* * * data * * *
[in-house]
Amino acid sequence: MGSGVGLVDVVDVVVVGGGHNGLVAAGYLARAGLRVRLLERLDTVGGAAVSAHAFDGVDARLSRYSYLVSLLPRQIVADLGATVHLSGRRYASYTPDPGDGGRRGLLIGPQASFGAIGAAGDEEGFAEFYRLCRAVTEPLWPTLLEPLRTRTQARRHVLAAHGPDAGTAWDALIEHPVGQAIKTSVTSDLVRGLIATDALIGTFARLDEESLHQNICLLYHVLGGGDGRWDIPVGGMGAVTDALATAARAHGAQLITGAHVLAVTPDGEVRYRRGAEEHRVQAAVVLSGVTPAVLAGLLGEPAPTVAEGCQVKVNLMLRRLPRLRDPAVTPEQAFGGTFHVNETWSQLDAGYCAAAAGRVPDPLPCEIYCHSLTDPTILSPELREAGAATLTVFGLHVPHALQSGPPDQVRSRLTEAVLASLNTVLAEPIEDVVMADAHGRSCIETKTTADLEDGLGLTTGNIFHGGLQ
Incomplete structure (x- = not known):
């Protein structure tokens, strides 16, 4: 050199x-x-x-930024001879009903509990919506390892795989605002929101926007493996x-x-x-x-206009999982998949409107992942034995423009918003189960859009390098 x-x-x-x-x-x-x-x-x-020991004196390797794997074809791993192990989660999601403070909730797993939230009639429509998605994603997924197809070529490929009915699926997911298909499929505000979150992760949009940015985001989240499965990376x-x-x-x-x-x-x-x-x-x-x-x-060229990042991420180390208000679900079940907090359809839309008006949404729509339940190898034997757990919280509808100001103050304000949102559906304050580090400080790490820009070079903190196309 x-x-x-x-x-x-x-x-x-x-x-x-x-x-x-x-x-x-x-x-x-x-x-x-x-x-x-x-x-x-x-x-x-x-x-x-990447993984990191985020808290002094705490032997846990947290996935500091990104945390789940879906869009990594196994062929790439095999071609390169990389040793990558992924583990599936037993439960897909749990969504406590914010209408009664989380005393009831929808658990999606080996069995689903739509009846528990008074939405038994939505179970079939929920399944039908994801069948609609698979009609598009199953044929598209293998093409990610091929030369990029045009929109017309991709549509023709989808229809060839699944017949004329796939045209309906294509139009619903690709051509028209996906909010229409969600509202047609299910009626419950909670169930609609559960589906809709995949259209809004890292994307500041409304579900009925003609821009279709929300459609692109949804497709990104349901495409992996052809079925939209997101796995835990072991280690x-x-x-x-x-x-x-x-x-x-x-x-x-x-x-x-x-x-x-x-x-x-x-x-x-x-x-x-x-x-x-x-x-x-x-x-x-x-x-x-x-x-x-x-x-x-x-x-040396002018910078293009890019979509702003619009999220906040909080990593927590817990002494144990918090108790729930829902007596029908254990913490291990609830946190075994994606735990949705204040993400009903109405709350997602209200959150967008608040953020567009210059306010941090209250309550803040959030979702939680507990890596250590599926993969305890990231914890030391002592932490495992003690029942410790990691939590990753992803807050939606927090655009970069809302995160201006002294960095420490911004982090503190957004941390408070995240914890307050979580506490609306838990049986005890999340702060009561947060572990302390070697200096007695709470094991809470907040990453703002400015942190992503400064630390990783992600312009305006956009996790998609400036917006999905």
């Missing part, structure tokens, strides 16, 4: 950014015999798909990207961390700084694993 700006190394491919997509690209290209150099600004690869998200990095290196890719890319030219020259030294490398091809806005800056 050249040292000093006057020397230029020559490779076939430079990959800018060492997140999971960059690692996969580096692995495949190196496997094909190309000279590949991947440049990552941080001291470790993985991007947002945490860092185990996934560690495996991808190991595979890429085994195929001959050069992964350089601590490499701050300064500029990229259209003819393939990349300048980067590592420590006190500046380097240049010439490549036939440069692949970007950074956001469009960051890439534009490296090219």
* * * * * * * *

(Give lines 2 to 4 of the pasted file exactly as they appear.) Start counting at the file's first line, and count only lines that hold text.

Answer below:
Amino acid sequence: MGSGVGLVDVVDVVVVGGGHNGLVAAGYLARAGLRVRLLERLDTVGGAAVSAHAFDGVDARLSRYSYLVSLLPRQIVADLGATVHLSGRRYASYTPDPGDGGRRGLLIGPQASFGAIGAAGDEEGFAEFYRLCRAVTEPLWPTLLEPLRTRTQARRHVLAAHGPDAGTAWDALIEHPVGQAIKTSVTSDLVRGLIATDALIGTFARLDEESLHQNICLLYHVLGGGDGRWDIPVGGMGAVTDALATAARAHGAQLITGAHVLAVTPDGEVRYRRGAEEHRVQAAVVLSGVTPAVLAGLLGEPAPTVAEGCQVKVNLMLRRLPRLRDPAVTPEQAFGGTFHVNETWSQLDAGYCAAAAGRVPDPLPCEIYCHSLTDPTILSPELREAGAATLTVFGLHVPHALQSGPPDQVRSRLTEAVLASLNTVLAEPIEDVVMADAHGRSCIETKTTADLEDGLGLTTGNIFHGGLQ
Incomplete structure (x- = not known):
């Protein structure tokens, strides 16, 4: 050199x-x-x-930024001879009903509990919506390892795989605002929101926007493996x-x-x-x-206009999982998949409107992942034995423009918003189960859009390098 x-x-x-x-x-x-x-x-x-020991004196390797794997074809791993192990989660999601403070909730797993939230009639429509998605994603997924197809070529490929009915699926997911298909499929505000979150992760949009940015985001989240499965990376x-x-x-x-x-x-x-x-x-x-x-x-060229990042991420180390208000679900079940907090359809839309008006949404729509339940190898034997757990919280509808100001103050304000949102559906304050580090400080790490820009070079903190196309 x-x-x-x-x-x-x-x-x-x-x-x-x-x-x-x-x-x-x-x-x-x-x-x-x-x-x-x-x-x-x-x-x-x-x-x-990447993984990191985020808290002094705490032997846990947290996935500091990104945390789940879906869009990594196994062929790439095999071609390169990389040793990558992924583990599936037993439960897909749990969504406590914010209408009664989380005393009831929808658990999606080996069995689903739509009846528990008074939405038994939505179970079939929920399944039908994801069948609609698979009609598009199953044929598209293998093409990610091929030369990029045009929109017309991709549509023709989808229809060839699944017949004329796939045209309906294509139009619903690709051509028209996906909010229409969600509202047609299910009626419950909670169930609609559960589906809709995949259209809004890292994307500041409304579900009925003609821009279709929300459609692109949804497709990104349901495409992996052809079925939209997101796995835990072991280690x-x-x-x-x-x-x-x-x-x-x-x-x-x-x-x-x-x-x-x-x-x-x-x-x-x-x-x-x-x-x-x-x-x-x-x-x-x-x-x-x-x-x-x-x-x-x-x-040396002018910078293009890019979509702003619009999220906040909080990593927590817990002494144990918090108790729930829902007596029908254990913490291990609830946190075994994606735990949705204040993400009903109405709350997602209200959150967008608040953020567009210059306010941090209250309550803040959030979702939680507990890596250590599926993969305890990231914890030391002592932490495992003690029942410790990691939590990753992803807050939606927090655009970069809302995160201006002294960095420490911004982090503190957004941390408070995240914890307050979580506490609306838990049986005890999340702060009561947060572990302390070697200096007695709470094991809470907040990453703002400015942190992503400064630390990783992600312009305006956009996790998609400036917006999905």